Pilecki got himself arrested and sent to Auschwitz so that he could document the atrocities there.
On this day in 1943 'Defense de la France' publishes the first photographs of Nazi concentration camps pic.twitter.com/u2FVFTOzyK
— The History Press (@TheHistoryPress) September 30, 2014
Thanks to him the French Resistance paper today in 1943 published the first photographs in the press, and his Witold's Report to the Polish Government in Exile finally galvanised the Allies into action.
After the war the Soviets tried and executed him, largely because of his continued loyalty to the Polish Government in Exile.
I too held a passport from the Polish Government in Exile until it returned Poland's emblems to Lech Wałęsa in 1990, and I was given a Polish-Polish passport.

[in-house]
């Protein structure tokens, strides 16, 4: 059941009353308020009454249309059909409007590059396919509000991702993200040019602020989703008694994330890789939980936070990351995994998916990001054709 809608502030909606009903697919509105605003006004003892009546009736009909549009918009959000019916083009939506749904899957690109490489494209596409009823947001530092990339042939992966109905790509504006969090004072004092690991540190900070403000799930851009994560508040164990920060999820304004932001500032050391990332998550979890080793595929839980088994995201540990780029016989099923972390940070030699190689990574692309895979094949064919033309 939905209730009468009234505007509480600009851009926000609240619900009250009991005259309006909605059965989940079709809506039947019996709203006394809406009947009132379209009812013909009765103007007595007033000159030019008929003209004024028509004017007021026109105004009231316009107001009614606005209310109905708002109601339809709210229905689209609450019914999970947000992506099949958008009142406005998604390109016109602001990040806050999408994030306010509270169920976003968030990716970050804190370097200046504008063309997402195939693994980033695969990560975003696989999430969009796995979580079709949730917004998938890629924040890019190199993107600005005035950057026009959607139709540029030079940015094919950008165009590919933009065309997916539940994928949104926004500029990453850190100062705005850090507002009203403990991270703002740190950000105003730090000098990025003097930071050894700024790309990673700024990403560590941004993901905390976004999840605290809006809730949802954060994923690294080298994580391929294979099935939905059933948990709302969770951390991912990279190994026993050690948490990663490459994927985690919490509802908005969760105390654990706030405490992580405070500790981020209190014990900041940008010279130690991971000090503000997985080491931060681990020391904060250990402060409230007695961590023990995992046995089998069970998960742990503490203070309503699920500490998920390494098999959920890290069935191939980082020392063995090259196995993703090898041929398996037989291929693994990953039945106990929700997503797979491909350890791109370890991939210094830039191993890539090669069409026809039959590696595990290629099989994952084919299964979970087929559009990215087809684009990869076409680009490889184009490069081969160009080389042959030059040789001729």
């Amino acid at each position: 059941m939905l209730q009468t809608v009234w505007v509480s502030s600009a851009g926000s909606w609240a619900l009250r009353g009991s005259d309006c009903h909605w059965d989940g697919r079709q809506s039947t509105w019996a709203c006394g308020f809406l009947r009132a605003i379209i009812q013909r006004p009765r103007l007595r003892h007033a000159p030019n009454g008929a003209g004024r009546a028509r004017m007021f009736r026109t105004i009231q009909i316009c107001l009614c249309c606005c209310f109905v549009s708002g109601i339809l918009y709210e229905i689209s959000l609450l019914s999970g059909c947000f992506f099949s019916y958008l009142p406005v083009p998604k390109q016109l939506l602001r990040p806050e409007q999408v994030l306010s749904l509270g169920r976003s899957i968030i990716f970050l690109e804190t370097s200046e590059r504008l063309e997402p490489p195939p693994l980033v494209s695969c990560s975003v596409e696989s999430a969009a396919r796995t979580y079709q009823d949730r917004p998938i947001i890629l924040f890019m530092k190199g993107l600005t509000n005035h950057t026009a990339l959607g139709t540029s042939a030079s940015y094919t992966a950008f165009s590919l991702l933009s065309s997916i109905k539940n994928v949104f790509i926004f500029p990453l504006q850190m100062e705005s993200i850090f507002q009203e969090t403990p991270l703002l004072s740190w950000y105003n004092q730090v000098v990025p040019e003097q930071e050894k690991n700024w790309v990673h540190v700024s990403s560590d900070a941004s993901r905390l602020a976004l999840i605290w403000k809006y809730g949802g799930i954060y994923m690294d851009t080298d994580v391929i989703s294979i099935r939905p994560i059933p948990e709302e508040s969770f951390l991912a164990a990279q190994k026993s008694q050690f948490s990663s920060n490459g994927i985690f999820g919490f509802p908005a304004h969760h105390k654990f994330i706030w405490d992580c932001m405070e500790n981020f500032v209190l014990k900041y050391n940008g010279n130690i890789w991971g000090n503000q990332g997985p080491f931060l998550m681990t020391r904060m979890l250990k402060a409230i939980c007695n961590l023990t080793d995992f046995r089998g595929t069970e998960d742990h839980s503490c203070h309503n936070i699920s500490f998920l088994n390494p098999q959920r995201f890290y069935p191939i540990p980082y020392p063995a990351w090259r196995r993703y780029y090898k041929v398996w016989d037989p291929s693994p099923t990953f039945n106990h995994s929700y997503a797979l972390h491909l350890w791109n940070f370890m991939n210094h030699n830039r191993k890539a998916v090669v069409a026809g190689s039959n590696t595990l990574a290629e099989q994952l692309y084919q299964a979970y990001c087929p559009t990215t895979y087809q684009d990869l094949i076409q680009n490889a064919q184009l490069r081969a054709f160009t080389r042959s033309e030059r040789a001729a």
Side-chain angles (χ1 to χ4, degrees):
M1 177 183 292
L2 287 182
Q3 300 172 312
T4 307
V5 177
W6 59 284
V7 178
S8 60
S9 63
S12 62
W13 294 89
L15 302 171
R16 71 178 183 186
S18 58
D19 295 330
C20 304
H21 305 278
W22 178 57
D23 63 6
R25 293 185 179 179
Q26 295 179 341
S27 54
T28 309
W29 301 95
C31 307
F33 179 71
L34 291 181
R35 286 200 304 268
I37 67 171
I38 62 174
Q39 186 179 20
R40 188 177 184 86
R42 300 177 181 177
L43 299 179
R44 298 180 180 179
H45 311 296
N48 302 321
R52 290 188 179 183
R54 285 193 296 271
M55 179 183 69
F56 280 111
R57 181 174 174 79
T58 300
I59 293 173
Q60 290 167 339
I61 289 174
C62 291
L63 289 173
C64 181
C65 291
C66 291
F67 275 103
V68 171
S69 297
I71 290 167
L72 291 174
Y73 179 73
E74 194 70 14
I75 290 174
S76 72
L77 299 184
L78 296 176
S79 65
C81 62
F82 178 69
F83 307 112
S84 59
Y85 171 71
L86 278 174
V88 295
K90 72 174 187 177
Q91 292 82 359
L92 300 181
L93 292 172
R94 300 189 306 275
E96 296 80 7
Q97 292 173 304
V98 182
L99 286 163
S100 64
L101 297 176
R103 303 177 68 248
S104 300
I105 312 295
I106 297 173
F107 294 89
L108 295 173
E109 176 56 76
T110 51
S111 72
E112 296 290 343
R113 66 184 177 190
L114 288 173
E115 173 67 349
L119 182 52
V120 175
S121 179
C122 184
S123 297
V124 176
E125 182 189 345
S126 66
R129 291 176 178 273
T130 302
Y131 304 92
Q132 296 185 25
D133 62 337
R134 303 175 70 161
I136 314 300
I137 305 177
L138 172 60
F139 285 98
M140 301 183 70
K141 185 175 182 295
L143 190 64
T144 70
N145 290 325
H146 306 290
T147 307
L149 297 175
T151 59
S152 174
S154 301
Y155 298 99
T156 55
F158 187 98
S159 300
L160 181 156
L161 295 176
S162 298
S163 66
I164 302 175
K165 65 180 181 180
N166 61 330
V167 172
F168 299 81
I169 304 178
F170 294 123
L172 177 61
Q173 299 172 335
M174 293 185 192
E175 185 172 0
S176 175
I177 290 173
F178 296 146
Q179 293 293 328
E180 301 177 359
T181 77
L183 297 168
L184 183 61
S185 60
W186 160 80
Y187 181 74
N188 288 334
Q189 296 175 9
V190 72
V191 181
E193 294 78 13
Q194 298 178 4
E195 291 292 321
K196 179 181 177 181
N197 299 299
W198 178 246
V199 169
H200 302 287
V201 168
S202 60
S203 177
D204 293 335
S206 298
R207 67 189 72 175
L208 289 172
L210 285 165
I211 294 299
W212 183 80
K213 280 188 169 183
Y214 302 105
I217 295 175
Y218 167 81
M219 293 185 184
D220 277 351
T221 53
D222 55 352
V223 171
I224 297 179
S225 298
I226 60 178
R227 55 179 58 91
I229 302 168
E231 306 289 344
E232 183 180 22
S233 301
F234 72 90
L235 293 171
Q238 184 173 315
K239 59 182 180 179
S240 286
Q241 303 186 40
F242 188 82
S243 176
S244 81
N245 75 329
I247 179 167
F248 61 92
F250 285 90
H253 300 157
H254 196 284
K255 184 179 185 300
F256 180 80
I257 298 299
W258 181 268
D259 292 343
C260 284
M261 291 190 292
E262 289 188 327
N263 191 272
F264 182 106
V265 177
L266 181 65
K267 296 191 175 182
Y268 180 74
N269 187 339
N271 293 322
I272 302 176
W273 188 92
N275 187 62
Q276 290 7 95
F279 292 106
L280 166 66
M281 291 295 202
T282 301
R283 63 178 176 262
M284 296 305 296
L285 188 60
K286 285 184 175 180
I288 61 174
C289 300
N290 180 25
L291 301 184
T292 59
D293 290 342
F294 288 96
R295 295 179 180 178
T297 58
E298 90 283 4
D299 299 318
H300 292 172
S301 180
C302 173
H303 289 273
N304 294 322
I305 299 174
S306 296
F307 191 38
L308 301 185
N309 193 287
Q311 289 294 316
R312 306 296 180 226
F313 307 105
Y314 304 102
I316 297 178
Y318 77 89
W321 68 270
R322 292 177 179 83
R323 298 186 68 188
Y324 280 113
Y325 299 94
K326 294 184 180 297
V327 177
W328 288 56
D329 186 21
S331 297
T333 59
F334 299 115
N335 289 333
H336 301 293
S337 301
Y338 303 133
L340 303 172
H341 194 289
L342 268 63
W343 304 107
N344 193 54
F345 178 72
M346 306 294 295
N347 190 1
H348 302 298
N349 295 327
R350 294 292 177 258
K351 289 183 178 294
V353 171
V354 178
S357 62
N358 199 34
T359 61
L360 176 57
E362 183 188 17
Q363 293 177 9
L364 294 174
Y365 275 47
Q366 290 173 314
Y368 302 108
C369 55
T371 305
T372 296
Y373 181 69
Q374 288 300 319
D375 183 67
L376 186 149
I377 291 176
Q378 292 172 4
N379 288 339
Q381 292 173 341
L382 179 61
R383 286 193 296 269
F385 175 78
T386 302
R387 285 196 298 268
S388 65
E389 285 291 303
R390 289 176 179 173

At this time of year, as so many people attend synagogues around the world, and as so many people in too many countries are still falling victim to religious and ethnic genocide, I hope people will take the time to remember one of the great heroes. Like them, he was buried in an unmarked grave and his killers hoped that his memory would be forgotten.